I begin with the following translations of the sentence "This is my father":
Þetta er faðir minn.
Dette er faren min.
Det her er min far.
Det här är min far.
All languages above descend from Old Norse, which is almost the same as modern Icelandic. No major grammar changes happened in either West Scandinavian languages (Faroese and Icelandic) regarding pronoun usage, so we may quite happily consider all other North Germanic languages to be the offspring of Icelandic.
Now, I know almost nothing about Faroese, but I'm pretty sure the pronoun structure is the same as in Icelandic: the possessive pronoun comes after the possession. Since they're both West Scandinavian, one might think this was a characteristic of this particular set of languages, but Bokmål has this feature too. I'm not sure if Bokmål is a West or East Scandinavian language (like Swedish and Danish), but I'd assume it to belong to the East branch, since it is so close to Swedish and has virtually no cases.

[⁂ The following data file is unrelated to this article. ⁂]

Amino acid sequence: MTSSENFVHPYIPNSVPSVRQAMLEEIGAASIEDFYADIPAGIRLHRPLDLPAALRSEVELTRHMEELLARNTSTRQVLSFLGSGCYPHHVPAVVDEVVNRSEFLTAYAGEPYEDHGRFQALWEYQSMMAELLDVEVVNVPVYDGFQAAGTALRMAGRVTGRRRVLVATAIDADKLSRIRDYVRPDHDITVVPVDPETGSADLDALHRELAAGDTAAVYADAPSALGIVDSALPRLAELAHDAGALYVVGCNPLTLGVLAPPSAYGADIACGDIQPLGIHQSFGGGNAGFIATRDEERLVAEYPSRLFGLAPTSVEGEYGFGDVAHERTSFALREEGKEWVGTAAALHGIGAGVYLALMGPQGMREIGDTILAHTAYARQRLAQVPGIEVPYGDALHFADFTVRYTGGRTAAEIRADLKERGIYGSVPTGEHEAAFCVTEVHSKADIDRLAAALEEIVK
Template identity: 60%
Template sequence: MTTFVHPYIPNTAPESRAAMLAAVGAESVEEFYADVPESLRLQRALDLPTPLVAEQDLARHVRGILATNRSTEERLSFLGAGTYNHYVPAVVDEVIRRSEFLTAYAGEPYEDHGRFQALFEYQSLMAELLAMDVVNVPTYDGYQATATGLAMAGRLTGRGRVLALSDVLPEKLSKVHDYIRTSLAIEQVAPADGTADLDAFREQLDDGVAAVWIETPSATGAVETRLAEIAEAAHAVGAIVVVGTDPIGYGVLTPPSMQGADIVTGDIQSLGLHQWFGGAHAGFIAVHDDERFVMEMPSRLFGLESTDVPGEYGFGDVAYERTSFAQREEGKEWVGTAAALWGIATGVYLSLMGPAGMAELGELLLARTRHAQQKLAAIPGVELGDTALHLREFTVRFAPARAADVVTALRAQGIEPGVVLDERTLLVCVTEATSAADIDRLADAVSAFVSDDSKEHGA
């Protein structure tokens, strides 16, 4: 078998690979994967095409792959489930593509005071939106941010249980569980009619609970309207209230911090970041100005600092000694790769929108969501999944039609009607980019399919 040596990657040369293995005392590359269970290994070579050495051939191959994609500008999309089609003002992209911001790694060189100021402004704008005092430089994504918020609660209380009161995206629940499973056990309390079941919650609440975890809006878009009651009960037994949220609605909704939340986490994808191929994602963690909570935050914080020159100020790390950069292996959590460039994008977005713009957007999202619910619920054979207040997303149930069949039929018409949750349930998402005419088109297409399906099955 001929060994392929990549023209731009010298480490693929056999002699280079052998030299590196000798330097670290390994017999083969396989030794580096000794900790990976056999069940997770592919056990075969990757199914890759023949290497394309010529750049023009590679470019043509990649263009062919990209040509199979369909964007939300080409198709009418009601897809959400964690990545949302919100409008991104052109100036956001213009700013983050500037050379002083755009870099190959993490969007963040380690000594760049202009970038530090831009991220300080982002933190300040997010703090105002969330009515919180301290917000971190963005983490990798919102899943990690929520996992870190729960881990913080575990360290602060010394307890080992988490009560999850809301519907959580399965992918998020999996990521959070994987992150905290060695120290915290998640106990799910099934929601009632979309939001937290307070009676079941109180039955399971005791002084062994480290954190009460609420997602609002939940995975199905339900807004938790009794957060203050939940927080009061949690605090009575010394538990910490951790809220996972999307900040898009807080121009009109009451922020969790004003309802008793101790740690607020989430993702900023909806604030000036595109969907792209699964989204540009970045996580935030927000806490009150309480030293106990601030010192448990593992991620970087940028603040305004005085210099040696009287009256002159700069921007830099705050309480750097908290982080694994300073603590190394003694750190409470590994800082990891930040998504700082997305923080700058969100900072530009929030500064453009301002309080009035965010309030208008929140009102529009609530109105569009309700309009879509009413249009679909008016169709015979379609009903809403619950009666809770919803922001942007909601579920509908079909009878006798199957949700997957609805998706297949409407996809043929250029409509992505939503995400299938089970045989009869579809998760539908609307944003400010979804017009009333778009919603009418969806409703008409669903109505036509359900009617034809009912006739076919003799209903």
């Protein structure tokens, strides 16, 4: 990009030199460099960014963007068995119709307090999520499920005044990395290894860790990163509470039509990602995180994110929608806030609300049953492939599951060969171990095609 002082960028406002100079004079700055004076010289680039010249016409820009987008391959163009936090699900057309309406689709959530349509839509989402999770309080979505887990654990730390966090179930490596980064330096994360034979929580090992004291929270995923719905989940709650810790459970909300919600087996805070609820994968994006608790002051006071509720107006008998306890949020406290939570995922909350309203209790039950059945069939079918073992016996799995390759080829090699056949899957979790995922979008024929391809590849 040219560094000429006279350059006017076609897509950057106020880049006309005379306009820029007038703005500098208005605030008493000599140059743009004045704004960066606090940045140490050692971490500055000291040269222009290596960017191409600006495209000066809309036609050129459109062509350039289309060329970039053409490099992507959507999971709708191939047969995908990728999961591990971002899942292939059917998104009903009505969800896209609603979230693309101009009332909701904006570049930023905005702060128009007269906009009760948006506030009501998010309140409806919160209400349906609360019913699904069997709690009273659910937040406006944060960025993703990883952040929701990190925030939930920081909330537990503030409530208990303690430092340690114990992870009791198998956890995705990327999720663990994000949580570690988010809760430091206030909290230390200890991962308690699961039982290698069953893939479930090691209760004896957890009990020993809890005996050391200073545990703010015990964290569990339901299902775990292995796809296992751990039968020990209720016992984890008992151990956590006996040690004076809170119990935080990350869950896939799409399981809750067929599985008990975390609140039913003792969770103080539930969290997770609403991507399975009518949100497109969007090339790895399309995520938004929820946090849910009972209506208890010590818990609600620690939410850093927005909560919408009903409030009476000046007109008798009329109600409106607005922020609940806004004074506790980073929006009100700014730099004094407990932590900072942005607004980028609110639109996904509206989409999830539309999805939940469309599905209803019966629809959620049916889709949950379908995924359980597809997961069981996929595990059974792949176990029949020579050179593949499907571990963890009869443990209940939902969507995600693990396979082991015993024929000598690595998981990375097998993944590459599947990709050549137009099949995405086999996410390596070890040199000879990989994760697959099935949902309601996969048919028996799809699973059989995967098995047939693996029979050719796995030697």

That being said, I'd really like to see an explanation for the fact that even though all those languages come from the same ancestor and are so geographically and historically correlated, the pronoun structure in the East branch has evolved to accommodate the possessives before the possession. If Bokmål is really an East Scandinavian language, why didn't this happen to it¹? What mechanism could explain these possessive pronoun usages in languages that evolved from the same ancestor?
¹: This is really a secondary question, because I might be wrong assuming it belongs to the East branch.